Five Bodies Spotted in Search for Missing Himalayas Climbers

June 3, 2019 Updated: June 3, 2019

A ground search team in the Indian Himalayas has spotted five bodies on the unnamed peak where eight climbers are believed to have gone missing a week ago.

Pithoragarh District Magistrate Vijay Kumar Jogdande told CNN Monday that the bodies appear to be partially buried in an avalanche on the peak in different locations.

The bodies were identified following analysis of photographs taken by a helicopter that conducted an air survey of the area earlier in the day.

By Monday afternoon local time, the search operation had stopped for the day, Jogdande said. Now, authorities are formulating a plan to recover the bodies.

On Sunday, helicopter teams saw signs of an avalanche on the peak the group were thought to be on, according to two state officials. On Monday a lone chopper went to recce the area and its crew discovered the backpack at an elevation of about 5,000 meters.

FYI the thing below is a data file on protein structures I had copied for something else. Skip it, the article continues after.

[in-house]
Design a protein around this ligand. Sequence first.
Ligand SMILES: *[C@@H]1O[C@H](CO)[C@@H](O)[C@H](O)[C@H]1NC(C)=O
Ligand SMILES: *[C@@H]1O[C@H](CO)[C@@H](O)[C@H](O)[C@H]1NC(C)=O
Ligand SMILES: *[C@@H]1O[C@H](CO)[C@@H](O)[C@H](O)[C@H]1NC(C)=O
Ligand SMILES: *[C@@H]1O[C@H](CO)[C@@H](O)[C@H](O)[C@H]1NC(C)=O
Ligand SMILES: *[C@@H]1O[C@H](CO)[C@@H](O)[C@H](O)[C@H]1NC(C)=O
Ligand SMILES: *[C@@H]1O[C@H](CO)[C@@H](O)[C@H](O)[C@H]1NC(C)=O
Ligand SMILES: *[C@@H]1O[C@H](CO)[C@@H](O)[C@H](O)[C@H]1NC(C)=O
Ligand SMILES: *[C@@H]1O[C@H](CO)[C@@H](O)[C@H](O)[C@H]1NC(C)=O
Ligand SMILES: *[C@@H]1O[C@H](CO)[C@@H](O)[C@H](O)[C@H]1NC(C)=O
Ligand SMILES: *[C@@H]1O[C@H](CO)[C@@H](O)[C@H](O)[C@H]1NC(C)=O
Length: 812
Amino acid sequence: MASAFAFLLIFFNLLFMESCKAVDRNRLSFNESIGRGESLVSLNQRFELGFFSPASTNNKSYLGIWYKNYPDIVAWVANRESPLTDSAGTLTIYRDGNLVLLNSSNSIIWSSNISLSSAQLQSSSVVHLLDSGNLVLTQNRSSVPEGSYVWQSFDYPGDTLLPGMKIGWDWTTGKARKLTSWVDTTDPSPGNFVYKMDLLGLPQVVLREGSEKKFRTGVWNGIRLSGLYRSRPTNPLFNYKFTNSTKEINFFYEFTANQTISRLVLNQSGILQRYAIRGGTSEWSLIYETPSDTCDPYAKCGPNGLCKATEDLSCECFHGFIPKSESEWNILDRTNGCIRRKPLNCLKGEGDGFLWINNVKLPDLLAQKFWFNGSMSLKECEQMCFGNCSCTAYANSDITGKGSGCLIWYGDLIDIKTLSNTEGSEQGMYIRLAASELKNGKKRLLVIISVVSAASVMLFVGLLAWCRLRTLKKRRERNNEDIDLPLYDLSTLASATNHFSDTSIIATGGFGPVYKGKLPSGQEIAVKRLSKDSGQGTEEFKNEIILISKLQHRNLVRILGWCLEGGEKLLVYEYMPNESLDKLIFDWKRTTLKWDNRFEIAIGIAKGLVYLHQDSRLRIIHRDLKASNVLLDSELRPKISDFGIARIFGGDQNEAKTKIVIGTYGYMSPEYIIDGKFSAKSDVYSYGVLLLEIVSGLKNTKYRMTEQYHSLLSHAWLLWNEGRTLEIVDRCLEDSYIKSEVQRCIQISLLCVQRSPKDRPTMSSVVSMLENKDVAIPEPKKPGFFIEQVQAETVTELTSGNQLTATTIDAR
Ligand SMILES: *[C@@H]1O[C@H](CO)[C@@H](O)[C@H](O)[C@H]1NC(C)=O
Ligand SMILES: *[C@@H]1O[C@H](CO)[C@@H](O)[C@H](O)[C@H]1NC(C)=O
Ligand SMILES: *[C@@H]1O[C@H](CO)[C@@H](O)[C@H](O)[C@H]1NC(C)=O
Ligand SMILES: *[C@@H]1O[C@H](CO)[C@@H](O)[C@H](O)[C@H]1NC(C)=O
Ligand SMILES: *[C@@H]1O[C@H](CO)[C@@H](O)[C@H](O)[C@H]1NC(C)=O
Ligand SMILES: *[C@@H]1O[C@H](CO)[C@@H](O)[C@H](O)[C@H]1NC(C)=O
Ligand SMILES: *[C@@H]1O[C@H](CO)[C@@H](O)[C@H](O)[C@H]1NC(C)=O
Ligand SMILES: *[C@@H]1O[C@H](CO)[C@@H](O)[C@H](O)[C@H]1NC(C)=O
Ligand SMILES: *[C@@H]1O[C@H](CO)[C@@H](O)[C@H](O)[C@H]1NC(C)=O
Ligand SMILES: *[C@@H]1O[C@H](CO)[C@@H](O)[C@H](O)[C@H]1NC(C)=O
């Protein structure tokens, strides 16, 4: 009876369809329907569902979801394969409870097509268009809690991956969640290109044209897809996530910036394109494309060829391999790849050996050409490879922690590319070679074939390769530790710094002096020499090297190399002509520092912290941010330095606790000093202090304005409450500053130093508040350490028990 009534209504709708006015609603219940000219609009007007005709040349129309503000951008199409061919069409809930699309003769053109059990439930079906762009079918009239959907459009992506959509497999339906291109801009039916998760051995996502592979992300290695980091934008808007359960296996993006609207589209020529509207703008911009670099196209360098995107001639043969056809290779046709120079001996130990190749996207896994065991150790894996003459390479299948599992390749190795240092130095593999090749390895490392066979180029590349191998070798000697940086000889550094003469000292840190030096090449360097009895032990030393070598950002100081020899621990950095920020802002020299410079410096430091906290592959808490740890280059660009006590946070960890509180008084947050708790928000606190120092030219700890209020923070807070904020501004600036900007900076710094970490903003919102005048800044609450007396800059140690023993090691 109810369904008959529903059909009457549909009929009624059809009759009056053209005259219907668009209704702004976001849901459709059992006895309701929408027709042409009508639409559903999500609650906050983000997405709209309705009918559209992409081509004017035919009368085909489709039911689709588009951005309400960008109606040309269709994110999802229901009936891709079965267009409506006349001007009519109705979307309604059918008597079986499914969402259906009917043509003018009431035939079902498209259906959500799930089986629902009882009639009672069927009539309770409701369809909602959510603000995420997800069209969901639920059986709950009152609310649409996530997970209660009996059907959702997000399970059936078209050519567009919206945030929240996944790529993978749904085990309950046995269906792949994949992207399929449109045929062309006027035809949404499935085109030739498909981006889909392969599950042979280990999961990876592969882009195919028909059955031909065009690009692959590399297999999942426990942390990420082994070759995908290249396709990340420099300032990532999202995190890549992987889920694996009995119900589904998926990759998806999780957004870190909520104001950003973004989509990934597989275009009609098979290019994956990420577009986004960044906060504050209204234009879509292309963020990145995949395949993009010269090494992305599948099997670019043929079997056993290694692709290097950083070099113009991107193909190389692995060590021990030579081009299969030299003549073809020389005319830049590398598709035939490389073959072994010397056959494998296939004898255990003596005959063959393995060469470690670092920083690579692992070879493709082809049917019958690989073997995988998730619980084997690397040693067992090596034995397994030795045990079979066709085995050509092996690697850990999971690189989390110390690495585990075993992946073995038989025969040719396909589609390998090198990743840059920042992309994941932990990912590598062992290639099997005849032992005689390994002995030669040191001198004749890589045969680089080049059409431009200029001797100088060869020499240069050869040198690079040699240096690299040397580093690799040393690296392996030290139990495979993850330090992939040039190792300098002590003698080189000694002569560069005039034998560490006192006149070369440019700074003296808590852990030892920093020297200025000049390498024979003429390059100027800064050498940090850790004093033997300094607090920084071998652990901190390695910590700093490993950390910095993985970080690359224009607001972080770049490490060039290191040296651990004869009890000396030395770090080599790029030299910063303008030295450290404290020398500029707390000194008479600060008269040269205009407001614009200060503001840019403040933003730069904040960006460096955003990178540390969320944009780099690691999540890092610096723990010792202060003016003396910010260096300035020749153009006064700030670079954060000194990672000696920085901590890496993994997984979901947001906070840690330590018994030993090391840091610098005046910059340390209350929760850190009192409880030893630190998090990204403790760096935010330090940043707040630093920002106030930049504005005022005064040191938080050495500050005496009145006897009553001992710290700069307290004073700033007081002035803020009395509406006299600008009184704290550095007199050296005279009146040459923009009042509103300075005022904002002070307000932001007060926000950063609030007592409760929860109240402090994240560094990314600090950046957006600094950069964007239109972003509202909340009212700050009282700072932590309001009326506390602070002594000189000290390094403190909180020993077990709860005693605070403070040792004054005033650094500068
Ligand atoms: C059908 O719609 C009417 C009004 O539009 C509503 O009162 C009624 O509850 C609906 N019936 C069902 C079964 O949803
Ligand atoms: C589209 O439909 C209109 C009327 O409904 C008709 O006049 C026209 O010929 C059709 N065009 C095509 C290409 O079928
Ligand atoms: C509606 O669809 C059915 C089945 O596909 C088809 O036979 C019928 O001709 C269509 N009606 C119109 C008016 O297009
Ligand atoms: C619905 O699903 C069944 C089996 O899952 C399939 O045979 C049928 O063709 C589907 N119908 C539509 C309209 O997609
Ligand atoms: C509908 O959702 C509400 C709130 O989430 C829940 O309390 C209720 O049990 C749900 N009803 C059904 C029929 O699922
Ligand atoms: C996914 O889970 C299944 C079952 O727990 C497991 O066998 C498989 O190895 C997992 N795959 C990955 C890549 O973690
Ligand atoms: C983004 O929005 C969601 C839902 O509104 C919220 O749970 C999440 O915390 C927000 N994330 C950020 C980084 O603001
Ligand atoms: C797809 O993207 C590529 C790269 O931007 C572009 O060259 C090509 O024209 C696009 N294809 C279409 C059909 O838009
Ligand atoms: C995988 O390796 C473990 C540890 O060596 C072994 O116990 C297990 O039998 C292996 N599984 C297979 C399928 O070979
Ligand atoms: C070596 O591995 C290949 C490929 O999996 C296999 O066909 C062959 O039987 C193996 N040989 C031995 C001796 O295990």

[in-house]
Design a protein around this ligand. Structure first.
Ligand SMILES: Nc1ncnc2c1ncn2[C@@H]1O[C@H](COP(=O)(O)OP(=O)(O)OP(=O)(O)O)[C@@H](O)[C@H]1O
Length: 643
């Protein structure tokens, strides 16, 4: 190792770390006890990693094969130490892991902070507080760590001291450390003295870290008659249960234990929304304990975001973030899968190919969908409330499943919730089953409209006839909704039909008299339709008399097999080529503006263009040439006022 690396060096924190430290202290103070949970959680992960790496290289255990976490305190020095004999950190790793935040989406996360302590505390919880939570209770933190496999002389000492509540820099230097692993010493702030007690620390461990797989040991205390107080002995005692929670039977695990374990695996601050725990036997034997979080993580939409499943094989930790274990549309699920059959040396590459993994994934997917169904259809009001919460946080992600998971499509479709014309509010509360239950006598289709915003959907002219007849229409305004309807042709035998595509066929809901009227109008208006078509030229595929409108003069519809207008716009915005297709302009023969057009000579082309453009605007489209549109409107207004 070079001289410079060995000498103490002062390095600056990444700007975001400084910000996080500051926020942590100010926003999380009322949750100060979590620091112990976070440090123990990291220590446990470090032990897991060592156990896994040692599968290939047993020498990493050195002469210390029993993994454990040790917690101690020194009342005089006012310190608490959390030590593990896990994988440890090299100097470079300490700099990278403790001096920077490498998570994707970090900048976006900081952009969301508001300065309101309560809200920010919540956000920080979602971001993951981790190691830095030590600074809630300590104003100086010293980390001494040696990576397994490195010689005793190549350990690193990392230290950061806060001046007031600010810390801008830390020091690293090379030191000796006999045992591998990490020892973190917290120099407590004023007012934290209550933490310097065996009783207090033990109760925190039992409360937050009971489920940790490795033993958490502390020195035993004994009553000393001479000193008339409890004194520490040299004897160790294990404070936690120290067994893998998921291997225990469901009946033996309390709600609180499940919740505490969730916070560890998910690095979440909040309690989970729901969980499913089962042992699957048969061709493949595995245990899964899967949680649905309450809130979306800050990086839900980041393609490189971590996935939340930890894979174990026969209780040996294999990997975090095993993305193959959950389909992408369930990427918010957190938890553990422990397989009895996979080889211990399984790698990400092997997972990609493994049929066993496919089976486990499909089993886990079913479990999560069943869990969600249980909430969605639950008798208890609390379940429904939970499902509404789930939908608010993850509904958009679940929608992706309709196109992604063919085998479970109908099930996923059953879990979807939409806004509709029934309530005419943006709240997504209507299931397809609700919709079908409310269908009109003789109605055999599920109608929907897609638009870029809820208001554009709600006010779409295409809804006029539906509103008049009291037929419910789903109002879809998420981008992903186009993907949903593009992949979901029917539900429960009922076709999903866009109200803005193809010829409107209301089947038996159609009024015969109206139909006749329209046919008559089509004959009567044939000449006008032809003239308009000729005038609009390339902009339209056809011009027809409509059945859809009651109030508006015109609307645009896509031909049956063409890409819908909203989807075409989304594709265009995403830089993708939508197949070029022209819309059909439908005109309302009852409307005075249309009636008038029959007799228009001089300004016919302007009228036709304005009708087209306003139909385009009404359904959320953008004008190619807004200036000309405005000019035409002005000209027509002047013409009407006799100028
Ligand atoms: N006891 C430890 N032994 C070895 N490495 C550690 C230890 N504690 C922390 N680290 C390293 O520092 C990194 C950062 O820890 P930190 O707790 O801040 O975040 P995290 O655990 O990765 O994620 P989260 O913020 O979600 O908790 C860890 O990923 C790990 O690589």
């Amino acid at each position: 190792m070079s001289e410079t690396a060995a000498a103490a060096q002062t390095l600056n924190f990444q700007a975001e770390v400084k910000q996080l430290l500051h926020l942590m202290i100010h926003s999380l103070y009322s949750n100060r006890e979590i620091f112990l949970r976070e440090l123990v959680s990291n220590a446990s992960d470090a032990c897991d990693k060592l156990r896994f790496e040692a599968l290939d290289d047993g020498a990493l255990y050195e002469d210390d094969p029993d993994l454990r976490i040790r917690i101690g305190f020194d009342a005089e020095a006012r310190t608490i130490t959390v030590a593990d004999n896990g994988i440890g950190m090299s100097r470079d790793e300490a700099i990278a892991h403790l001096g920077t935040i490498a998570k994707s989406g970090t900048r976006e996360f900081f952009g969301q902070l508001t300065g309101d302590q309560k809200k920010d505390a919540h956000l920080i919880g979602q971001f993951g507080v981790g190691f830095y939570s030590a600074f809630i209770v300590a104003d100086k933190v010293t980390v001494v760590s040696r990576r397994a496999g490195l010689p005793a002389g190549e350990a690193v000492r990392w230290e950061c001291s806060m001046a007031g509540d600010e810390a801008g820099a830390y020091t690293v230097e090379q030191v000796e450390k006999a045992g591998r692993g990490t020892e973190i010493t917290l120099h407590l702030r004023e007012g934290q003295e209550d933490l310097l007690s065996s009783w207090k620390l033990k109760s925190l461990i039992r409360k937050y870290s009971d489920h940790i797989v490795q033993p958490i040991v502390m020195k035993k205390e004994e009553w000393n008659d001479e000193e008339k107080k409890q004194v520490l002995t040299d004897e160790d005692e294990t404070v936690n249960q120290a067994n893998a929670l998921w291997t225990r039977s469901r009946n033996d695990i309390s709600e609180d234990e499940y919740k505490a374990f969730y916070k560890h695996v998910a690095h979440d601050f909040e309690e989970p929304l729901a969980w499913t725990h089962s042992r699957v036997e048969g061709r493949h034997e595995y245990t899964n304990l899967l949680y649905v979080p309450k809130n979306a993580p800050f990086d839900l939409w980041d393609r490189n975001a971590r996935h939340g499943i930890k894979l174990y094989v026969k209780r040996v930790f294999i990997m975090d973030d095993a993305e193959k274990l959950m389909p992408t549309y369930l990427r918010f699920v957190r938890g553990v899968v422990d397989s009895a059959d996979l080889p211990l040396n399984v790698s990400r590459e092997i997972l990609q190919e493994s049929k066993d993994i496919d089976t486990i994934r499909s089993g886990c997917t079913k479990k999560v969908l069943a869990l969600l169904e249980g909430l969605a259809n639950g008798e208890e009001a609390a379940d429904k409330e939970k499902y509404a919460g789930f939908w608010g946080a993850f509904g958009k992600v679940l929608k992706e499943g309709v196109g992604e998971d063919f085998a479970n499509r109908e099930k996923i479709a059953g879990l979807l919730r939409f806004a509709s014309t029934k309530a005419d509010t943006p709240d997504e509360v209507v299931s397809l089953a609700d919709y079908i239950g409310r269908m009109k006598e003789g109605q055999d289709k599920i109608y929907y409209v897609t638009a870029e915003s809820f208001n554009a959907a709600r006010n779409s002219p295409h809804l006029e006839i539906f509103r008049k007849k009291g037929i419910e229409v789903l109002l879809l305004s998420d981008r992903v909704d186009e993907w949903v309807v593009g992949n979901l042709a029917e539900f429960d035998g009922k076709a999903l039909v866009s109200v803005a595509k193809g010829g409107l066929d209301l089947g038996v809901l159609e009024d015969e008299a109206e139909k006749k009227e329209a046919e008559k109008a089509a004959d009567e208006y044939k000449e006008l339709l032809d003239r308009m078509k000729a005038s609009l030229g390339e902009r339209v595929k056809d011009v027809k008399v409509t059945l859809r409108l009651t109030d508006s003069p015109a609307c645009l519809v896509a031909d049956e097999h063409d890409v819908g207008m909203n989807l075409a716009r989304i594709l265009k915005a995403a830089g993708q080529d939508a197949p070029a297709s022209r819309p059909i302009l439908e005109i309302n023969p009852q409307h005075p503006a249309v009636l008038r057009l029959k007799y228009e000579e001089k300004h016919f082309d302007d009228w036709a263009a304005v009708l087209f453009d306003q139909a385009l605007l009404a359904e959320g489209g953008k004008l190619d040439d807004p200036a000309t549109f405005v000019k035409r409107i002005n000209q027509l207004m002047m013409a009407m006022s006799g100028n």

Jogdande said it was likely the missing team had been caught up in a “huge avalanche.”

“The chances of survival are almost zero now,” he said.

The missing climbers—four Britons, two Americans, an Australian and their Indian liaison officer—went missing in the region of Nanda Devi East, one of the highest peaks in India at just over 24,000 feet (7,400 meters).

The group was attempting to scale a previously unclimbed and unnamed peak believed to be about 21,250 feet (6,477 meters) high, according to Facebook posts from the group’s expedition company. The alarm was raised a few days after they failed to return to camp.

The eight climbers did not have permission to climb an unnamed peak, Indian authorities said Monday.

Jogdande added that if authorities had known that the eight climbers were planning on climbing the unnamed peak instead of Nanda Devi East, they “would not have given permission.”

He said that heavy rain and high winds in the area had been hampering search efforts.

Group Leader Identified

The British Association of Mountain Guides (BMG) identified British national Martin Moran as the group’s leader and one of those missing.